Tuesday, February 1, 2005
State High Court Throws Out ‘Predatory Lending’ Ordinance
By DAVID WATSON, Staff Writer
An Oakland city ordinance purporting to regulate “predatory” mortgage lending practices is preempted by state law, the California Supreme Court ruled yesterday.
Writing for herself and three colleagues, Justice Janice Rogers Brown said the ordinance Oakland adopted in 2001, aimed at “subprime” lenders targeting home buyers who would not qualify for traditional loans, ran afoul of provisions of the state Financial Code signed into law eight days later. A similar ordinance was adopted by Los Angeles in 2003.
Chief Justice Ronald M. George dissented, joined by Justices Joyce Kennard and Carlos Moreno, arguing that it was unreasonable to find implied preemption where legislators had rebuffed efforts by banking groups to have express preemptive language included in the law.
The Oakland scheme defined “high cost” home loans and barred or limited prepayment penalties on such loans, and well as enacting other restrictions. The ordinance was challenged by the American Financial Services Association in Alameda Superior Court.
The trial court denied a preliminary injunction and Div. One of the First District Court of Appeal affirmed that ruling in September of 2003, declaring that the ordinance neither contradicted nor duplicated the state law and rejecting AFSA’s implied preemption argument.
But Brown said yesterday there were “clear indications” in the law “of the Legislature’s implicit intent to fully occupy the field of regulation of predatory lending tactics in home mortgages.”
The Financial Code, she observed, “comprehensively regulates predatory lending practices in home mortgages” and “delineates at length what mortgages are covered, what lending acts are prohibited, who can be held liable for violationsÖ, the various enforcement mechanisms available, who may invoke such enforcement mechanisms, and defenses to such violations.”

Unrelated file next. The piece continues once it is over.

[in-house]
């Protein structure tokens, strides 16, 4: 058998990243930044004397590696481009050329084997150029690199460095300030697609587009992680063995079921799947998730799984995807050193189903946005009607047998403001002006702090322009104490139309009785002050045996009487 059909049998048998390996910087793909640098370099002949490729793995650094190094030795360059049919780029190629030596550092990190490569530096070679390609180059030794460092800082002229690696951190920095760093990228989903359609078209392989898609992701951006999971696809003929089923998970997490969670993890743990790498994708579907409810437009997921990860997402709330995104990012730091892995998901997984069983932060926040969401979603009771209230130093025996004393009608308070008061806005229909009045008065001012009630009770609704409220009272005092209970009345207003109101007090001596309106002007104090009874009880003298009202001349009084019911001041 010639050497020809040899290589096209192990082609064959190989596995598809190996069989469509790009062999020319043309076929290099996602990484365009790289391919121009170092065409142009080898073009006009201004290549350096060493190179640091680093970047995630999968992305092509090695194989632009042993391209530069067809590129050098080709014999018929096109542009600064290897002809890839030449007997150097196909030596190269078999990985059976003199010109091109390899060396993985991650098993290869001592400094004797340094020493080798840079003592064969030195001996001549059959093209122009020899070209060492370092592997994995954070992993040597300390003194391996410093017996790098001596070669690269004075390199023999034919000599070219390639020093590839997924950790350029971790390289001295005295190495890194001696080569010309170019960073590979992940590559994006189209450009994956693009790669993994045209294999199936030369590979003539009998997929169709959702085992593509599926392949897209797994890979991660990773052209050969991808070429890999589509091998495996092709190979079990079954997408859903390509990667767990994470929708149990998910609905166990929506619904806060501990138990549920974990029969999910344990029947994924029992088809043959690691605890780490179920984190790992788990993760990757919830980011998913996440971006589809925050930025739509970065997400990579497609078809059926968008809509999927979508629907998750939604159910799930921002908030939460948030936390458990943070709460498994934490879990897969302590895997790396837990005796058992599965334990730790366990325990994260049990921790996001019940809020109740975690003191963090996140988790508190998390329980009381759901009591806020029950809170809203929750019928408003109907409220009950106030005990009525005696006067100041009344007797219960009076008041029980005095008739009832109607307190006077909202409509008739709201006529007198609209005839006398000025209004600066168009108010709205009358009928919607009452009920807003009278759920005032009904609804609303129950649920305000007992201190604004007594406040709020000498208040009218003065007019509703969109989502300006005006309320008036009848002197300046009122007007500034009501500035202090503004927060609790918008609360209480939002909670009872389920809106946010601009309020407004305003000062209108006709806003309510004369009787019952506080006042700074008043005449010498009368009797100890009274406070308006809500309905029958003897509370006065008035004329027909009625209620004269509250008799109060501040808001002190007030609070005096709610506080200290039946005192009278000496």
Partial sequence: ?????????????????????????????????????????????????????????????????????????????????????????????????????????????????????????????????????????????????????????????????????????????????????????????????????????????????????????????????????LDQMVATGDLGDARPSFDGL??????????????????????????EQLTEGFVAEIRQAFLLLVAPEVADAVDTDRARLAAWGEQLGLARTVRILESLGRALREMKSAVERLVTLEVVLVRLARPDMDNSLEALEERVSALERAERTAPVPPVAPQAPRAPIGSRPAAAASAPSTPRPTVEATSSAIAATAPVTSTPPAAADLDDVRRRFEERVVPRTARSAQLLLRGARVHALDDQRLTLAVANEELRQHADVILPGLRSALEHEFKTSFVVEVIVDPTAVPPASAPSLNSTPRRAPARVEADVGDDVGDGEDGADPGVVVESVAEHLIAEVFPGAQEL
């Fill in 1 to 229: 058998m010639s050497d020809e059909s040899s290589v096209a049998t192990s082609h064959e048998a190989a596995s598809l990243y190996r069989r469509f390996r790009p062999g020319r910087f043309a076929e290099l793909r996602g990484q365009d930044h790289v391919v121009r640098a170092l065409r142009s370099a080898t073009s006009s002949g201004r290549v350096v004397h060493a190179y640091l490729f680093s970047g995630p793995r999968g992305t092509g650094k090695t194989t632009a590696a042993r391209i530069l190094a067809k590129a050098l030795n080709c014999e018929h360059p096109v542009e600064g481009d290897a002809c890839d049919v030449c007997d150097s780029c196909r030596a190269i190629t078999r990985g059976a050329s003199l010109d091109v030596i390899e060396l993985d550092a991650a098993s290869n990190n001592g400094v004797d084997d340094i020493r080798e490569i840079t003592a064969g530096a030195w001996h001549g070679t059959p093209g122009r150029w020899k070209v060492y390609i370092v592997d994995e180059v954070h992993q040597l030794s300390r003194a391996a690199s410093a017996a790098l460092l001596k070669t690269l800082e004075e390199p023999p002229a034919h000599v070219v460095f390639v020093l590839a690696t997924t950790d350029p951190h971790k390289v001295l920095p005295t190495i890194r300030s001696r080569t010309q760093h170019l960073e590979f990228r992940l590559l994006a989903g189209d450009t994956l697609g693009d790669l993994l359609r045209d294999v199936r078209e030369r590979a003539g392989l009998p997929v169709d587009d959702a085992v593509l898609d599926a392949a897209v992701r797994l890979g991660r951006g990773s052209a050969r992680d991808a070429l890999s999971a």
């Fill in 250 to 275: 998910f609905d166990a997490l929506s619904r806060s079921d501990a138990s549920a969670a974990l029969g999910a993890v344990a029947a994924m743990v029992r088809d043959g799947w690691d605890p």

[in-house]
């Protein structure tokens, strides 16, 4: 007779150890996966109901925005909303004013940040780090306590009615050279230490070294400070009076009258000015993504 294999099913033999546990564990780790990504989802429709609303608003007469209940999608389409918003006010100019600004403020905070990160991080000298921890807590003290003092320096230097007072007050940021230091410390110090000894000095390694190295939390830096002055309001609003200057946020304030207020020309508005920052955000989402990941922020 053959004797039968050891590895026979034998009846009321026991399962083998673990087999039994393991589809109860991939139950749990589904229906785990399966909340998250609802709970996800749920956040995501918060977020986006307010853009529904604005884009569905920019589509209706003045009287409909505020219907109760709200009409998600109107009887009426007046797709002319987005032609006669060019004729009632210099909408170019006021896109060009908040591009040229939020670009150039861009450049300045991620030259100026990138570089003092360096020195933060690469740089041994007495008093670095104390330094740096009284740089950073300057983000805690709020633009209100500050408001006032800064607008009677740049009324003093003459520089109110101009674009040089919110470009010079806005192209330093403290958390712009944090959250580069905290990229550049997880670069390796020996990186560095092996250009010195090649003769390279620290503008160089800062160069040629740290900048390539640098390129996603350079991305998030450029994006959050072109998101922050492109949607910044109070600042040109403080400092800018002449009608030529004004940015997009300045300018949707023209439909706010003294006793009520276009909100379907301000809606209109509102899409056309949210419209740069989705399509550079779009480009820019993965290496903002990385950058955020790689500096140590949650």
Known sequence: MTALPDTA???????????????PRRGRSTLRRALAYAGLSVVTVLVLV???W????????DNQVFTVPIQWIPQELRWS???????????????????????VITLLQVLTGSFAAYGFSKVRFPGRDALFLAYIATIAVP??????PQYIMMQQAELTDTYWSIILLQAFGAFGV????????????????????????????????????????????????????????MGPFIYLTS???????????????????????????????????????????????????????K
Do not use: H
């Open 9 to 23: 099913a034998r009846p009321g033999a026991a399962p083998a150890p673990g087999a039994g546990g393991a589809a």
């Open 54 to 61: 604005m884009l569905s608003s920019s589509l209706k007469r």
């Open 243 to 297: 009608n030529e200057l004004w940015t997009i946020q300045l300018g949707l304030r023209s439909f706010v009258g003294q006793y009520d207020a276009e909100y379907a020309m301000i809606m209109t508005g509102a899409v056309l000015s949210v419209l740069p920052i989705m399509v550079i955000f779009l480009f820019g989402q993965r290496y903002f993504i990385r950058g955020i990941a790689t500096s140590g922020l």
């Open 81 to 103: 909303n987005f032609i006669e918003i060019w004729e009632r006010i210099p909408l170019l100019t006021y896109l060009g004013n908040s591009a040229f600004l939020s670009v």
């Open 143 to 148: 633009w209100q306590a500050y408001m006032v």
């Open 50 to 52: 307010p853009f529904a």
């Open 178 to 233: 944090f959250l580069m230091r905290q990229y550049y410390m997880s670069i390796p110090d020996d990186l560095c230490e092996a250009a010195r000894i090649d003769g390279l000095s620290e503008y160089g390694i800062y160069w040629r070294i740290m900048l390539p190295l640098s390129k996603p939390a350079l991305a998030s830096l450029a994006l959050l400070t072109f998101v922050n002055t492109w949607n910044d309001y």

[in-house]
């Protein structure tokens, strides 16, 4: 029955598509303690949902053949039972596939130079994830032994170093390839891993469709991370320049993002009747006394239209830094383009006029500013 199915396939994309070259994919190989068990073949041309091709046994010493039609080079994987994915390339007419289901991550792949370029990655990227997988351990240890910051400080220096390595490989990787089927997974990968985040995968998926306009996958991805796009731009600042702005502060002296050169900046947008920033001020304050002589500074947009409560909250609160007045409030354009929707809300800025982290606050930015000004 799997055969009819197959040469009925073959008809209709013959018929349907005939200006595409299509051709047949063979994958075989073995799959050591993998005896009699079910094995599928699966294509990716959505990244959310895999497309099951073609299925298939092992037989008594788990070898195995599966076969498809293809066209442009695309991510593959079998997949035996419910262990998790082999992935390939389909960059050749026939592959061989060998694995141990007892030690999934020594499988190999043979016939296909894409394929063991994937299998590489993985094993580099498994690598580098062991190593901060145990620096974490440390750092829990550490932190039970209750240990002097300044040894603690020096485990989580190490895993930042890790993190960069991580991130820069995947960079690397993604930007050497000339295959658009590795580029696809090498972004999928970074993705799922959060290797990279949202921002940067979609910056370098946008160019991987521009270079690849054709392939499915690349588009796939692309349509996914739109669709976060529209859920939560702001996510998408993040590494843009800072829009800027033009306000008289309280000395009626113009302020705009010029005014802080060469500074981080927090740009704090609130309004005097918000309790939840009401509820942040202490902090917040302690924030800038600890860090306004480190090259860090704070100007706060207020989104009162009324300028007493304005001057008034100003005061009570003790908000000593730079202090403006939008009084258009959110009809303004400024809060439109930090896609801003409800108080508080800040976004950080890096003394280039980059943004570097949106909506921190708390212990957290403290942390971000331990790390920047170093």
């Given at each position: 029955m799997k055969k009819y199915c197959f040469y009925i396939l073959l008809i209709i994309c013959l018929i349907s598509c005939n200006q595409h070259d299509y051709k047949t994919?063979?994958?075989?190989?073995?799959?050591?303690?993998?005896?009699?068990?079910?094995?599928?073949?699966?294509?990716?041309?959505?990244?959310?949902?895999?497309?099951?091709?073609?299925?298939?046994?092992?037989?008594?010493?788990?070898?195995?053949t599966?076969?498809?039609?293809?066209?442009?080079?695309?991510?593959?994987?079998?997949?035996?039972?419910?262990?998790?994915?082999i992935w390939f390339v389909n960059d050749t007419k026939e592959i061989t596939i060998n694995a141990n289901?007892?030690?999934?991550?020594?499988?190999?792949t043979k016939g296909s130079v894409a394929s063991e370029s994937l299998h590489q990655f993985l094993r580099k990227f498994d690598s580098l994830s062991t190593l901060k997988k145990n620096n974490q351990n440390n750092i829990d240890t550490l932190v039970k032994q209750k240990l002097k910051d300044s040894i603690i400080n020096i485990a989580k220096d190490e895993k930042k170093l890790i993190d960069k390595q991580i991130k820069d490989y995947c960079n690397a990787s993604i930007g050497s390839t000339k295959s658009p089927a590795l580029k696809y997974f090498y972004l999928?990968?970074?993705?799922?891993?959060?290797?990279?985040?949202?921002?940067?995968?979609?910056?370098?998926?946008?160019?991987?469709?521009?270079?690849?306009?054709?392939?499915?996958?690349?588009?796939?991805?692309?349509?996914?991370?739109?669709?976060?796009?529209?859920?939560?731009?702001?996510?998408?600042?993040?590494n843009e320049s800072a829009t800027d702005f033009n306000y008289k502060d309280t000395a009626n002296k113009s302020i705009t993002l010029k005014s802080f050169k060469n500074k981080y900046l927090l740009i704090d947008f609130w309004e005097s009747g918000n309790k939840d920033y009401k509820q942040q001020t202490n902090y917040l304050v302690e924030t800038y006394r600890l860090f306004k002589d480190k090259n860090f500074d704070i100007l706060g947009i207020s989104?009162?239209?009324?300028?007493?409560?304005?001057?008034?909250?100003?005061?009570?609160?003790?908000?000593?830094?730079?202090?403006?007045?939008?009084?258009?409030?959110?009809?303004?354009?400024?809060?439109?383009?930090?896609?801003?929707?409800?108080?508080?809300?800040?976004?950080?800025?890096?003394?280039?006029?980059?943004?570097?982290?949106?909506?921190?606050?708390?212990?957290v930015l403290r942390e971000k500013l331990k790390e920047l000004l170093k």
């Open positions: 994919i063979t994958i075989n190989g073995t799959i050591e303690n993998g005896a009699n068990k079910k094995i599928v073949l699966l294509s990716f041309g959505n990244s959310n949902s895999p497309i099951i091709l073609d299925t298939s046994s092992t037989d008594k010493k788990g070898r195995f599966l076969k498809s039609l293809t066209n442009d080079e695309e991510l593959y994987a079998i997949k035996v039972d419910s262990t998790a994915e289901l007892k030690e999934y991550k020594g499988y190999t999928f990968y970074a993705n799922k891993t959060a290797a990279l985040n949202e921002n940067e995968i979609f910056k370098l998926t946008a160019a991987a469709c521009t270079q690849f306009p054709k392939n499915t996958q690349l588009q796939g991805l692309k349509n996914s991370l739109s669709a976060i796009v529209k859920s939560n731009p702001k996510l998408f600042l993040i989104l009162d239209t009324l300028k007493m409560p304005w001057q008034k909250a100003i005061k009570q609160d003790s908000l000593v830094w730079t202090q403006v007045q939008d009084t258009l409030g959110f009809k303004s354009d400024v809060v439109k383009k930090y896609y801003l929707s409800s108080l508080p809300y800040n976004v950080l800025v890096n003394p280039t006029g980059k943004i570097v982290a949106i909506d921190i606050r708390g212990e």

Regulation of mortgage lending has “historically occurred at the state, not the municipal, level,” Brown added.
“[T]he Ordinance is not supplementary legislation that in other contexts might be allowed, but a line item veto of those policy decisions by the Legislature with which the City disagrees. In revisiting this area fully occupied by state law, the Ordinance undermines the considered judgments and choices of the Legislature, and is therefore preempted.”
Even if Oakland were correct in its claim that unfair lending practices targeting home shoppers with credit problems are particularly prevalent within its borders, Brown argued, that would not justify the ordinance.
“Such an approach would mean that any city which claimed to experience a disproportionate number of foreclosures, or instances of securities fraud, could simply write its own measures regardless of any confusion these competing measures may foster,” she pointed out.
But George said the court’s majority was ignoring the history behind enactment of the state law. The passage of the legislation “hinged” on the decision not to include a preemption provision, the chief justice contended.
“Unlike our previous implied preemption cases, this is not simply a case in which the Legislature was silent about preemption,” he wrote. “Here, there is considerable extrinsic evidence, and a concession from the party arguing in favor of preemption, that the Legislature specifically considered and purposefully rejected an express preemption clause despite extensive lobbying for the inclusion of express preemption language in the state statute. As plaintiff American Financial Services Association—itself acknowledges, there were strongly held disagreements over preemption between industry representatives and consumer proponents of the bill. Indeed, the record reveals that the subprime lending industry vigorously lobbied for express preemption language.”
The “principal rule” in the law of governing preemption “is that legislative intent be clearly indicated,” George said, adding:
“A legislative stalemate on preemption is not an indication of a clear intent to preempt local legislation.”
Brown conceded that the subject of preemption had been raised with legislators, but said the decision to include a preemption provision should not be treated as dispositive.
“Of course, by definition, the Legislature’s implicit full occupation of a field occurs only when there is no express intent in the state law,” she commented. “We disagree with the Court of Appeal’s statement that ëwhen the Legislature is silent on preemption, courts presume there is no intent to preempt.’ Adopting this approach would be a notable departure from our implied preemption precedents. Instead, in such circumstances we consider factors including the language and scope of the adopted measure, the history behind the adopted measure, and the history of regulation in the area, as we have done in this and other field preemption cases.”
The case is American Financial Services Association v. Oakland, 05 S.O.S. 459.
Copyright 2005, Metropolitan News Company